How you recruit will depend on the size and nature of your business.  Cafes with strong team culture and an established credibility in the community will naturally attract talent. Whether you put a position vacant sign in your window, place ads on employment websites, utilise social media, word of mouth referrals or recruitment agencies, the most important point is to be clear on what you need, beyond simply filling the role.

Also, no matter how desperate you are to find a new team member, please don’t settle for 2nd best.  The negative impact a wrong team member can have on your team culture, your customers’ experience, and ultimately your bottom line, outweighs the short lived ‘warm body’ that fills the gap.  If you have a great team culture already, your existing crew will step up and take on more hours or responsibility until help arrives.


Being in such a customer focused business, you need a happy and competent team, capable of delivering on the needs of the business. So how do you get them to do their jobs consistently and reliably?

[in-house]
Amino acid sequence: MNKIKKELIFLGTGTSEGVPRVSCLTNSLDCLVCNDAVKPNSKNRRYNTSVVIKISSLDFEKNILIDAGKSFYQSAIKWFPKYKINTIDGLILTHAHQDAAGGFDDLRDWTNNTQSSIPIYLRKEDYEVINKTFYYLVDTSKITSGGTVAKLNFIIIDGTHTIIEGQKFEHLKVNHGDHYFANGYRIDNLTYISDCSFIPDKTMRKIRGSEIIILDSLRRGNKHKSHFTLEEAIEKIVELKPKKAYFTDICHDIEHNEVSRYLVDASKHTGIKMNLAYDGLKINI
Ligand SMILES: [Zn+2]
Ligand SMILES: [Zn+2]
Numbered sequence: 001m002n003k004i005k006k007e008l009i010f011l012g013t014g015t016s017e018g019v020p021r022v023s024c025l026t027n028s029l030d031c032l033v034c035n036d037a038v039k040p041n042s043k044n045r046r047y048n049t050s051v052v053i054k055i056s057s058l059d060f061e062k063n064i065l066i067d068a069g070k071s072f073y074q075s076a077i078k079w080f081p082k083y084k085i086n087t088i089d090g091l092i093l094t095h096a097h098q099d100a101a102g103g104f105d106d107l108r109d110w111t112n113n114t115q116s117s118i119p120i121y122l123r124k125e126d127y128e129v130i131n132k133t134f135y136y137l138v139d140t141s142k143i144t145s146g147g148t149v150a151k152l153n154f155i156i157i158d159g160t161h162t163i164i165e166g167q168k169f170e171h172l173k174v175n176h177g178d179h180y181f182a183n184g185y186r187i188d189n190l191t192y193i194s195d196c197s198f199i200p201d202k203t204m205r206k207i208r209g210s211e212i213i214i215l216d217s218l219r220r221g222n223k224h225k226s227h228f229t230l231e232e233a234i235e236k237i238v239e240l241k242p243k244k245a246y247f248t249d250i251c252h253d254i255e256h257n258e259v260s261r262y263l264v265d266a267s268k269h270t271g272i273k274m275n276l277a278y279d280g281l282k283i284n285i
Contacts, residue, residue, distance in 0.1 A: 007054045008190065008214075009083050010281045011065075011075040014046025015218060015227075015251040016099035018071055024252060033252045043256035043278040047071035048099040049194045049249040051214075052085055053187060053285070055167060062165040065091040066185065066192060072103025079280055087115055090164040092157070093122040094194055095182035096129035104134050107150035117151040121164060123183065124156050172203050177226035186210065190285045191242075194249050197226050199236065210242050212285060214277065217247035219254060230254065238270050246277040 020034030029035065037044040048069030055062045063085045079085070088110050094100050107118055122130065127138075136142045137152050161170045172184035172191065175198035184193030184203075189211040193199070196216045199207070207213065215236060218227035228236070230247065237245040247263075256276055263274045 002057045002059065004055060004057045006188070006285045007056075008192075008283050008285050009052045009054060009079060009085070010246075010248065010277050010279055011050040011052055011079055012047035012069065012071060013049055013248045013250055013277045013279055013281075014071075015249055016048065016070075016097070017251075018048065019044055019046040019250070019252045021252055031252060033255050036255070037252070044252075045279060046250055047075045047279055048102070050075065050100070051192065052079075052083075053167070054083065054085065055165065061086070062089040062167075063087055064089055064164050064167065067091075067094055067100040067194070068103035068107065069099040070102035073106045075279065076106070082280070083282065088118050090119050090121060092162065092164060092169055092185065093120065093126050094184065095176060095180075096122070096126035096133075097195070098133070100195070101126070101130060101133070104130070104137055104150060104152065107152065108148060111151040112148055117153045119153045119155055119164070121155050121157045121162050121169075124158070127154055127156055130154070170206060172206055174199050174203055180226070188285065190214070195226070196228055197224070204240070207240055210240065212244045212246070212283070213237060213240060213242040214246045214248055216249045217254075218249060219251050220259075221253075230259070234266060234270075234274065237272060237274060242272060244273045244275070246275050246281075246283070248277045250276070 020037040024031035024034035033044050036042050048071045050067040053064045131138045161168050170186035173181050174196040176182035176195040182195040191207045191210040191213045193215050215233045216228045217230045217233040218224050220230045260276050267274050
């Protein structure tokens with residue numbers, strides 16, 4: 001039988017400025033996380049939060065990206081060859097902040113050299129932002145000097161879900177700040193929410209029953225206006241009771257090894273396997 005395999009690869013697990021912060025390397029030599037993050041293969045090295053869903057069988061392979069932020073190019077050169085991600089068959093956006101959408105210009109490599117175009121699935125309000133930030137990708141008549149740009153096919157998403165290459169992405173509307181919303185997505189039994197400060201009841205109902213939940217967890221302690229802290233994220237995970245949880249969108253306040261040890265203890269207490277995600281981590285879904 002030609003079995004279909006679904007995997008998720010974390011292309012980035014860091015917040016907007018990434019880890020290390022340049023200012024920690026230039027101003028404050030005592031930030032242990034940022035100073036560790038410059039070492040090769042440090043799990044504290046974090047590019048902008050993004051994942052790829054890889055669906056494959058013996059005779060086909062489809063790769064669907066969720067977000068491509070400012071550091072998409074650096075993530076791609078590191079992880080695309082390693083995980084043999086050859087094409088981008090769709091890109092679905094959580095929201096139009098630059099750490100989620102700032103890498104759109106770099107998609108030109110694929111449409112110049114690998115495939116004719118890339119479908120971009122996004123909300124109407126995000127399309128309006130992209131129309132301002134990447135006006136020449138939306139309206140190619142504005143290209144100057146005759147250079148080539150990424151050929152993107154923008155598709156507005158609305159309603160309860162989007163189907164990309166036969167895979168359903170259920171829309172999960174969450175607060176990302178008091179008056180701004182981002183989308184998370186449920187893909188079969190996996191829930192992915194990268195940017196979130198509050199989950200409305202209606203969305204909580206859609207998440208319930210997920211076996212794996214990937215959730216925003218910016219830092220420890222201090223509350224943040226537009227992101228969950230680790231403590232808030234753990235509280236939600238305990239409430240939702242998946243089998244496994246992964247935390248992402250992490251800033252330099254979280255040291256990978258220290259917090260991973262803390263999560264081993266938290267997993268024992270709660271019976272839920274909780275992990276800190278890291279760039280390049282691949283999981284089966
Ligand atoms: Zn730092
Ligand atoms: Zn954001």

Clarity is key – you don’t know what you don’t know right?  Having a staff handbook or manual, which includes all the important information, guidelines, position descriptions etc, will make this much easier.

In terms of training a new team member, you or your manager need to lay down the expectations of the role in a one-on-one session to set the correct course from the outset, using the following steps in order of priority:

  1. Create your Skills Assessment Matrix, including both soft and hard skills
  2. Develop position descriptions (PDs) that clearly outline the expectations for each role and get your team members to sign off on their role